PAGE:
Thatperson on April 12, 2012:
I know how this feels, I'm 20 and he's 41. We spent all our time together and can talk for hours and hours, we share our life experiences with each other and this is a positive thing.
Not everyone is happy and I know I will lose at least one important family member through it, but all I can say is you will have to put up with grief, but I would rather live my life the way I want than die regretting living it for others!
Never doubt your relationship for others if you love each other that's all that matters. I've met my soulmate and yeah it's been up and downs but we will get there! Be brave and live for yourself you only get one life :)
Irishwoman on April 10, 2012:
i have met someone of 22 and im 45, his worst fear is not having kids but says if i gave him the option of forgetting our relationship and find someone his own age its not an option, telling his parents is something we are currently trying to overcome, but he worries they will just say wise up and get rid of her.. we do love each other very strongly, so where do you go from that ?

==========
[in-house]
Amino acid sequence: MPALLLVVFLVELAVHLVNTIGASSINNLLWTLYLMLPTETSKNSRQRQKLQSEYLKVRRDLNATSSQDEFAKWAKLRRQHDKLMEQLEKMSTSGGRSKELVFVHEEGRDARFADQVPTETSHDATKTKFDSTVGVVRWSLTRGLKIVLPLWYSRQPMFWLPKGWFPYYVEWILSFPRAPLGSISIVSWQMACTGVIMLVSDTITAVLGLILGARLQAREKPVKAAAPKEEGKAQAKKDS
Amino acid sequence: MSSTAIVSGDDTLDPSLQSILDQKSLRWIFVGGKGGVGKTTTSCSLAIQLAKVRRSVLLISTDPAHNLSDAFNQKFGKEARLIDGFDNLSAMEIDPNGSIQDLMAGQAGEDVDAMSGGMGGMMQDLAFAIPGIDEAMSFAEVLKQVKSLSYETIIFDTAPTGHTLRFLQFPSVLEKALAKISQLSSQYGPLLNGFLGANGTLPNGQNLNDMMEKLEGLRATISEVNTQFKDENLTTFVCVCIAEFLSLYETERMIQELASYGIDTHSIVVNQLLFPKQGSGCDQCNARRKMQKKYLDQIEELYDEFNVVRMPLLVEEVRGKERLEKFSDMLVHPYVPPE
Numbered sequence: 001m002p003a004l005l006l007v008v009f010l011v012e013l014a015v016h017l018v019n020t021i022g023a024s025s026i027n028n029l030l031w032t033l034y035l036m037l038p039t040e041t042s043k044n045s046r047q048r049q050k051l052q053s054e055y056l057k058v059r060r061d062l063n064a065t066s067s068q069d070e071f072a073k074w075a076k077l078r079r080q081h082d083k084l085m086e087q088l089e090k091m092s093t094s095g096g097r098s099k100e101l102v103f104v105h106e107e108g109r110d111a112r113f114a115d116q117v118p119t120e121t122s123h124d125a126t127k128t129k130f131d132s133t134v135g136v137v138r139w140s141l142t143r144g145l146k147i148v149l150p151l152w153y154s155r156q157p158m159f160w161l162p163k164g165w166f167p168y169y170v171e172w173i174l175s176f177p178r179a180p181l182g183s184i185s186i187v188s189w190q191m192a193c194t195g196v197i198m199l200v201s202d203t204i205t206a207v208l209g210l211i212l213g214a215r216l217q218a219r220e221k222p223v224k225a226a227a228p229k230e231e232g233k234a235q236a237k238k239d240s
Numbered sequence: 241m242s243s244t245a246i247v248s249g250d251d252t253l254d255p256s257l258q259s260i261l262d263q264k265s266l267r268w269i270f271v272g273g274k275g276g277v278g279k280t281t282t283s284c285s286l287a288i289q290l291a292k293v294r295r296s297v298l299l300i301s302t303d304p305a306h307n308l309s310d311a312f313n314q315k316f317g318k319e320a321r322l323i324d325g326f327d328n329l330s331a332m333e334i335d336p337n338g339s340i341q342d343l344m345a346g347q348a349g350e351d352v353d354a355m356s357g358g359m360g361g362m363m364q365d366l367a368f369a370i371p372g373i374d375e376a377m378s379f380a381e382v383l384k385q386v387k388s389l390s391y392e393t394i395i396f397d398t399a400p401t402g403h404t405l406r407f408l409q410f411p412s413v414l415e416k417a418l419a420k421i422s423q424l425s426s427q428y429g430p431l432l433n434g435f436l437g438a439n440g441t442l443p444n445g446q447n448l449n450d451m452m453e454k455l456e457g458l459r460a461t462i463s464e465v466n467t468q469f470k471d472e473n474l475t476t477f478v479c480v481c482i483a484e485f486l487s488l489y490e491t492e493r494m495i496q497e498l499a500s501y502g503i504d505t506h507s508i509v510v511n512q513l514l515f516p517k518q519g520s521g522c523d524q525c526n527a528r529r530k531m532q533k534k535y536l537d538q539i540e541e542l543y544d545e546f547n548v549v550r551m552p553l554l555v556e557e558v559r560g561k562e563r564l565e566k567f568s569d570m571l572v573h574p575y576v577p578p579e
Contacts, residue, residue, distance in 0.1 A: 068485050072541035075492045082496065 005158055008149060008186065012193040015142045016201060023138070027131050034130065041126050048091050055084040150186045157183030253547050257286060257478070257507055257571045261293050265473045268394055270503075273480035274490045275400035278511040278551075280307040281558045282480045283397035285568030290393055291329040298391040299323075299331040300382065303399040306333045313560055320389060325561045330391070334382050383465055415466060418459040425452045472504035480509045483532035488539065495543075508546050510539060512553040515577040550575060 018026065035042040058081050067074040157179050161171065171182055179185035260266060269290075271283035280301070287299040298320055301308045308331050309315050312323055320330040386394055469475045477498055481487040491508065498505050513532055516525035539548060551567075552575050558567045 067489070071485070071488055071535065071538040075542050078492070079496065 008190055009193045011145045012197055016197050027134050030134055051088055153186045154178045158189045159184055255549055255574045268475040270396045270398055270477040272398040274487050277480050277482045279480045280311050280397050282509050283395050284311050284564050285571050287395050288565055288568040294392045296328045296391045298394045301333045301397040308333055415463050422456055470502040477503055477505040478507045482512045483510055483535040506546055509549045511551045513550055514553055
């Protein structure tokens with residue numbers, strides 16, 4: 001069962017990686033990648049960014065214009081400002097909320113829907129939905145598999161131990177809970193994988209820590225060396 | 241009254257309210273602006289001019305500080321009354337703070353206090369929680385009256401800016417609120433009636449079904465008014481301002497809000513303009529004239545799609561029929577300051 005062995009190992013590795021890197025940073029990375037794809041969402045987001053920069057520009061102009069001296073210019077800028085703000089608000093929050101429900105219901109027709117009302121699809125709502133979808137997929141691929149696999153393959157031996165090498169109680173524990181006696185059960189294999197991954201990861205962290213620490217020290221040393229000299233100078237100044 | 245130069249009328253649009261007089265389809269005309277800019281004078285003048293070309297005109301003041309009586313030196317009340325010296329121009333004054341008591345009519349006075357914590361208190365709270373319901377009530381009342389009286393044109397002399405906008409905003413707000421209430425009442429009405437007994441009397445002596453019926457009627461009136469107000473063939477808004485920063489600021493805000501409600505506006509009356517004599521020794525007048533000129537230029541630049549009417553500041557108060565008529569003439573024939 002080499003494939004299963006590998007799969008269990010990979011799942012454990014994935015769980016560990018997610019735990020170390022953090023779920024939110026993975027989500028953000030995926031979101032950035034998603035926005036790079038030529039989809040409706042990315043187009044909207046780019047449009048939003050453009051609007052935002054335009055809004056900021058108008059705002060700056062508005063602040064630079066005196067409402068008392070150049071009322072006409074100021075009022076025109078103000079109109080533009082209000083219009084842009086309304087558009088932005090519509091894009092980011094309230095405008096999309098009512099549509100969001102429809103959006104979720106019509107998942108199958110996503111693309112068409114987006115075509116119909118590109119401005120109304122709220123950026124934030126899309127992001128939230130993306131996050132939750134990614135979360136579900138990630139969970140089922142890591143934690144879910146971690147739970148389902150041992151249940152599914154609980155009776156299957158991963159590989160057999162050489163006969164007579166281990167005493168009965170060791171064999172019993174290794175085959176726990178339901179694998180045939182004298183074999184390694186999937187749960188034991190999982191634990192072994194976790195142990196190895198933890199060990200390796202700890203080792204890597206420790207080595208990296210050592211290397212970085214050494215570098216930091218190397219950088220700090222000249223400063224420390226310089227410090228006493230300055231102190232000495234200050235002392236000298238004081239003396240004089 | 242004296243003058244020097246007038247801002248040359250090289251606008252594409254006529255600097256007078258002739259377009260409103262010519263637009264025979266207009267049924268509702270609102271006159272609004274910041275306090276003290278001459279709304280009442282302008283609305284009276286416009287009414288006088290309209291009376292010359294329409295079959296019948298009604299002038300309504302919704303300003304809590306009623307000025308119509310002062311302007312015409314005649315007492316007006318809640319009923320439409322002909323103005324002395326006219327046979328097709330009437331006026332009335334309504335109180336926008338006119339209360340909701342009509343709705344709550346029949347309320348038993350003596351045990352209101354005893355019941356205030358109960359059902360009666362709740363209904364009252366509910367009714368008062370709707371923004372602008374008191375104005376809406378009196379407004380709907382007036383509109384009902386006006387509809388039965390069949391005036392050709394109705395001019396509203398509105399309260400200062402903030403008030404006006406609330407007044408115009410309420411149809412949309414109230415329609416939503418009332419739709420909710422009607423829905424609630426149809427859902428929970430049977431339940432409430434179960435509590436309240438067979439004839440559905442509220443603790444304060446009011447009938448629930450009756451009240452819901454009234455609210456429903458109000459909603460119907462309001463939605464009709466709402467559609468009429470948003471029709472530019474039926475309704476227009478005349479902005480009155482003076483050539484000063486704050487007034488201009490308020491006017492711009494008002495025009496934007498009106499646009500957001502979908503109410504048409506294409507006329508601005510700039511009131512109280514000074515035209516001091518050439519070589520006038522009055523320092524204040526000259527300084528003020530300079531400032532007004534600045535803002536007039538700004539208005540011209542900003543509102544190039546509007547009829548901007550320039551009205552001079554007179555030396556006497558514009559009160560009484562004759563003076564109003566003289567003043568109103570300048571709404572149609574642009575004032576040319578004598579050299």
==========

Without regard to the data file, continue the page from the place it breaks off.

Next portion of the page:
don'tcare on April 02, 2012:
He is 8 years younger than I am. So far, so good. I know society will not accept. But what socially acceptable things have ever made me happy? Little to none. He makes me happy, and I him.
aniek on March 31, 2012:
I fell in love a man who is 10 years older than me. He says we should not continue due to age gap? does it really matter? can we continue with this age gap? please help me????
f on March 18, 2012:
My fiancé and I have a 20 year age difference. At the moment he's exactly twice my age and we get the occaisional hater but mostly things are perfect. I don't know what it is about him but our relationship seems more real and more special than any other guy I've dated. I was nervous to tell my friends and family and I did get some grief when they found out but you have to make your own choices and I chose to be happy and I couldn't be any happier right now :)
Veilchen on February 24, 2012:
i am so confused. we have 24 years age difference. i am afraid what would my pearents say. Can someone say anything: how can i tell my dad?
Chelseabmc on February 20, 2012:
Best 8 years of my life. Ron and I are 17 years apart. Wouldn't change a thing!